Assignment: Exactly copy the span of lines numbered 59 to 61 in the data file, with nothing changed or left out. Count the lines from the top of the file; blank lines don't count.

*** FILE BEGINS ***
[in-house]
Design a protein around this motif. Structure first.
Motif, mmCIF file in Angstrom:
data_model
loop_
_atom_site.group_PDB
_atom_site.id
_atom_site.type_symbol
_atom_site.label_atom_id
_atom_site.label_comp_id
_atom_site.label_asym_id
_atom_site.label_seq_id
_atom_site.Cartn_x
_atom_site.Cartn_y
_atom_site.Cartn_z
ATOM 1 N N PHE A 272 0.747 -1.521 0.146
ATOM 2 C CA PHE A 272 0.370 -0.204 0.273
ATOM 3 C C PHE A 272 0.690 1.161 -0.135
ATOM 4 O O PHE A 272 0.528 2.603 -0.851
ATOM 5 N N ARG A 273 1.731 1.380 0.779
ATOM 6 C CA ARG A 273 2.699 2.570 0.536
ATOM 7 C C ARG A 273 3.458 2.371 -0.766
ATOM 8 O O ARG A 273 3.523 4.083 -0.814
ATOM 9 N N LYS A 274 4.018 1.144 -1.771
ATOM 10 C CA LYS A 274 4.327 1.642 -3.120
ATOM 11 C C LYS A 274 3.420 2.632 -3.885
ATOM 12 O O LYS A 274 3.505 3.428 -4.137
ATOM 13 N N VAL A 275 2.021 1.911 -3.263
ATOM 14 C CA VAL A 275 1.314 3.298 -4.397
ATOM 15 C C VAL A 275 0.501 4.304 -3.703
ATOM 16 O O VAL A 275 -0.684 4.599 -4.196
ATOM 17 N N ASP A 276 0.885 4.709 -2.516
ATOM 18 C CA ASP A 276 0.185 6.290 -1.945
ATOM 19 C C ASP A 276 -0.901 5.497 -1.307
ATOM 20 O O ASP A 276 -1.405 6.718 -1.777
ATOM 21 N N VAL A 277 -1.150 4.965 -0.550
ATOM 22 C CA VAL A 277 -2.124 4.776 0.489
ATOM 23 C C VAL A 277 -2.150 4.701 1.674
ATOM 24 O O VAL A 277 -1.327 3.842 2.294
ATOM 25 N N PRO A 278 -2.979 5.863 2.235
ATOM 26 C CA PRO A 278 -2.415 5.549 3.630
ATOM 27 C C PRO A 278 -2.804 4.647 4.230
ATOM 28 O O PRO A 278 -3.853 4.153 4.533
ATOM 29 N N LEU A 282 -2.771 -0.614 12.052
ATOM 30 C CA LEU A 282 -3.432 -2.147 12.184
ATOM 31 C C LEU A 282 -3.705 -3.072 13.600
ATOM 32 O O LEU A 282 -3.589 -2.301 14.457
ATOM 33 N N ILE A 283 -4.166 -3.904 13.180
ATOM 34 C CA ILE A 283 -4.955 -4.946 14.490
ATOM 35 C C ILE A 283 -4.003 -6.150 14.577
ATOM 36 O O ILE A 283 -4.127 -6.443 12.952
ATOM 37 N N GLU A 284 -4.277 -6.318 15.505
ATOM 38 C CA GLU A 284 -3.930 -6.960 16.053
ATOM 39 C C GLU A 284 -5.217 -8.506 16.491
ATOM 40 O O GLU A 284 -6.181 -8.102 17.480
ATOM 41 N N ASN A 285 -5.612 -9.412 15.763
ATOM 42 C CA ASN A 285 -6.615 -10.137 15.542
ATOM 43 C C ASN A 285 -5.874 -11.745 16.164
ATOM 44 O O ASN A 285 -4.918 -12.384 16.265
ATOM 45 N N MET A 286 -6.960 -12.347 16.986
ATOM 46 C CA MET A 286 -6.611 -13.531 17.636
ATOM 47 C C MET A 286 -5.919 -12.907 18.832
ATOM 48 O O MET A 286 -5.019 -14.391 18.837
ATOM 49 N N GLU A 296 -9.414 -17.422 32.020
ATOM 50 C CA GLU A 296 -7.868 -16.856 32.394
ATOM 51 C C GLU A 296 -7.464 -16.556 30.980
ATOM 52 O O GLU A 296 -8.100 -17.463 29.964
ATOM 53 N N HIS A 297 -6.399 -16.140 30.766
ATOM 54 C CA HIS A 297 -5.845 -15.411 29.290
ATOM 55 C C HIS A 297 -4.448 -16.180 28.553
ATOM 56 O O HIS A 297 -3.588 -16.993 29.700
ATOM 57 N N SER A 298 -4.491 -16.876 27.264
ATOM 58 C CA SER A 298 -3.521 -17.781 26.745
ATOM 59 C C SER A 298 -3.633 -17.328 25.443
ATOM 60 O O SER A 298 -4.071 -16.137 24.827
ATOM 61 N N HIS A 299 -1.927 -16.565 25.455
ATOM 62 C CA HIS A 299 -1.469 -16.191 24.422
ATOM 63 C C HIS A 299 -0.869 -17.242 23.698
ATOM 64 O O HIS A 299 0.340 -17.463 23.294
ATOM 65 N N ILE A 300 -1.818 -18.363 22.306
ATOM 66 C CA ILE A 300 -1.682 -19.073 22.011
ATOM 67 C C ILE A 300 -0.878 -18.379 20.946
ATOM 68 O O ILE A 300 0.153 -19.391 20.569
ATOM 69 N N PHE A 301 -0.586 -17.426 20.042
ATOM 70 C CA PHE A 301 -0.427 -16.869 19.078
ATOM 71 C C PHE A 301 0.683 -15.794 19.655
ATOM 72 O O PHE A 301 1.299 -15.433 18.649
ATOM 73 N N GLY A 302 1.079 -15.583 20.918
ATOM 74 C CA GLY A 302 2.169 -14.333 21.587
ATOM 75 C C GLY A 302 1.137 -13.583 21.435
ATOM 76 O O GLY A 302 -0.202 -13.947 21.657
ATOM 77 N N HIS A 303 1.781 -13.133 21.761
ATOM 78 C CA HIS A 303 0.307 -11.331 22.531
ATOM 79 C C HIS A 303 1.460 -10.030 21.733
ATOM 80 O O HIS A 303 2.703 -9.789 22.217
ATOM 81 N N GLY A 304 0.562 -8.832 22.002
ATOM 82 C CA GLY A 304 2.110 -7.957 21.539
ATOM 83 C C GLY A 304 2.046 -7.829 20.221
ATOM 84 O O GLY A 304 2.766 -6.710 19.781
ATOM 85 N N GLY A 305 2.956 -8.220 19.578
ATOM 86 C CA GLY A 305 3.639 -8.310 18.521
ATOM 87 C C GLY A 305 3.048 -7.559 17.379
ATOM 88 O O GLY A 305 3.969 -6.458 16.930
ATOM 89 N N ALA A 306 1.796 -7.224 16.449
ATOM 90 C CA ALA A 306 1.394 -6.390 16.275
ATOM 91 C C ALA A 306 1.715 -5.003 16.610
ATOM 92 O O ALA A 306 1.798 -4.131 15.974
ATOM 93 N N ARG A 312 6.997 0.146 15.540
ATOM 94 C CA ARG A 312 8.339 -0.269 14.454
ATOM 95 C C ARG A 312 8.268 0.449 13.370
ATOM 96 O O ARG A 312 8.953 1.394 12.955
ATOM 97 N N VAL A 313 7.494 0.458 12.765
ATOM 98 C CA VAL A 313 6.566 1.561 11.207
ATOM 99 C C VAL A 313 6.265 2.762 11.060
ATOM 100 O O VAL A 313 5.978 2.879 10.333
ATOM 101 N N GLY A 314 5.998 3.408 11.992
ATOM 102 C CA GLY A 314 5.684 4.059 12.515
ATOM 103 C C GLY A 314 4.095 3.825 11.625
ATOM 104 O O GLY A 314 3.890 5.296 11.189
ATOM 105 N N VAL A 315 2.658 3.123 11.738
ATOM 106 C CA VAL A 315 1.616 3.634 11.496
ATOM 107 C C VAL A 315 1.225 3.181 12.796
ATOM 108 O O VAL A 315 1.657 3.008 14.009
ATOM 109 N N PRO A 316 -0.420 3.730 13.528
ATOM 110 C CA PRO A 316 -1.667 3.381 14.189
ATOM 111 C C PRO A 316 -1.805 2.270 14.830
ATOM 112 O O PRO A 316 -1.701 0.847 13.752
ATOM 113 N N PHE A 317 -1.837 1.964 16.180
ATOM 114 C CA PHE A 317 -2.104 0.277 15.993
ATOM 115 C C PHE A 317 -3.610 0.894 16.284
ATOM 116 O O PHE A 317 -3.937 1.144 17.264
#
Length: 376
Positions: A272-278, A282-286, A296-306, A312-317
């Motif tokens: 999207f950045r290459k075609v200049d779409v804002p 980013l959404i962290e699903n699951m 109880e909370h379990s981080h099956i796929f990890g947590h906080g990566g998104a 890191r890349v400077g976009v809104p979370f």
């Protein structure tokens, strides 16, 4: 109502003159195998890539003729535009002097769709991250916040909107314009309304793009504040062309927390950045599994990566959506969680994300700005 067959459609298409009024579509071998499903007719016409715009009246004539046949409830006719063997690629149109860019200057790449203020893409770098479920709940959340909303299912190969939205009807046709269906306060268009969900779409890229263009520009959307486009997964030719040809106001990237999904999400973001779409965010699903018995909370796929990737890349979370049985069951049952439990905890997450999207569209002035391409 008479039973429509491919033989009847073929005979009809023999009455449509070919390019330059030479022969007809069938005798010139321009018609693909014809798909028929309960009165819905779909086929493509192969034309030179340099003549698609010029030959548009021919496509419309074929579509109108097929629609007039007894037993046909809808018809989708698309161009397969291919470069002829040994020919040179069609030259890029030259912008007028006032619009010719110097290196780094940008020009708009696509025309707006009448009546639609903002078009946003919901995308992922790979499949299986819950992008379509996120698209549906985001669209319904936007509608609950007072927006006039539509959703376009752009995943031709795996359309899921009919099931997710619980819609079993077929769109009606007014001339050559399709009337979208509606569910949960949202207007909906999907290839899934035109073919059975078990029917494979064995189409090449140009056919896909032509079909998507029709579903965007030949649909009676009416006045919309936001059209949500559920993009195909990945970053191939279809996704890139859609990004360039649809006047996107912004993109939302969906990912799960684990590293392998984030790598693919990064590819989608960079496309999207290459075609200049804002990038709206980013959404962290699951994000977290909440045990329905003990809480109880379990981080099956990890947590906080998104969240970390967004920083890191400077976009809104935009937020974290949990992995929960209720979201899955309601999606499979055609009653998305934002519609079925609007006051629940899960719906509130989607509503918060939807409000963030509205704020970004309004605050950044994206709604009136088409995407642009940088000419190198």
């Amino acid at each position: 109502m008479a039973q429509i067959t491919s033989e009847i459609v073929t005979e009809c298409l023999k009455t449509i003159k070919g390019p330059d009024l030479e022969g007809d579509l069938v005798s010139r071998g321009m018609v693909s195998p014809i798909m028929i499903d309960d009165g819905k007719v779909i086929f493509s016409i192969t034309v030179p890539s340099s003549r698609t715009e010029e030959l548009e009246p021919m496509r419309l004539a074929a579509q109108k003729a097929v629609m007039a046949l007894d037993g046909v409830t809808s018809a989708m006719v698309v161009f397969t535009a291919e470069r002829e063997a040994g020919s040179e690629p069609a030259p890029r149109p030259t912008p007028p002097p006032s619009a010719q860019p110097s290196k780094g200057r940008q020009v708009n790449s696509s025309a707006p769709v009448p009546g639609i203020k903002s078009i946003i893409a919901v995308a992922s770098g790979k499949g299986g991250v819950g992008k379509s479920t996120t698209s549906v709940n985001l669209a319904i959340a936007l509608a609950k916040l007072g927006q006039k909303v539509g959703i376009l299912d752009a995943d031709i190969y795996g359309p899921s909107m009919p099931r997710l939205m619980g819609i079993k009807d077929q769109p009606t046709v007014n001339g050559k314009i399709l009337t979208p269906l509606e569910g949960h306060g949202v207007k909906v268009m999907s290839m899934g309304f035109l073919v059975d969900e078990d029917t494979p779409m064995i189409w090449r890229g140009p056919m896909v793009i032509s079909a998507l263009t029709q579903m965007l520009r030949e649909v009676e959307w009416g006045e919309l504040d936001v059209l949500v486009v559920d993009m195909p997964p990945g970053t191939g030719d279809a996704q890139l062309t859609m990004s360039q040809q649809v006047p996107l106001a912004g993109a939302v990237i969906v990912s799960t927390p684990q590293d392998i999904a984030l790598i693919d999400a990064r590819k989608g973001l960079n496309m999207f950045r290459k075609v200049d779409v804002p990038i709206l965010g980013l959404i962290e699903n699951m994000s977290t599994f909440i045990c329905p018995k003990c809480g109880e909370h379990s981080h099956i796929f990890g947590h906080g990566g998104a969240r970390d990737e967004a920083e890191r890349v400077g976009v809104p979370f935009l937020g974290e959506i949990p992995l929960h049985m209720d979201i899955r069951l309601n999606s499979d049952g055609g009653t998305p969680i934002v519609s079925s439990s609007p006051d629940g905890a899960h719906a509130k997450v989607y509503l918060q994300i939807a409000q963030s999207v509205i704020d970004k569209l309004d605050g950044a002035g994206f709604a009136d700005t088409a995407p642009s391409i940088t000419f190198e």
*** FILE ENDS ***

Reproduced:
ATOM 44 O O ASN A 285 -4.918 -12.384 16.265
ATOM 45 N N MET A 286 -6.960 -12.347 16.986
ATOM 46 C CA MET A 286 -6.611 -13.531 17.636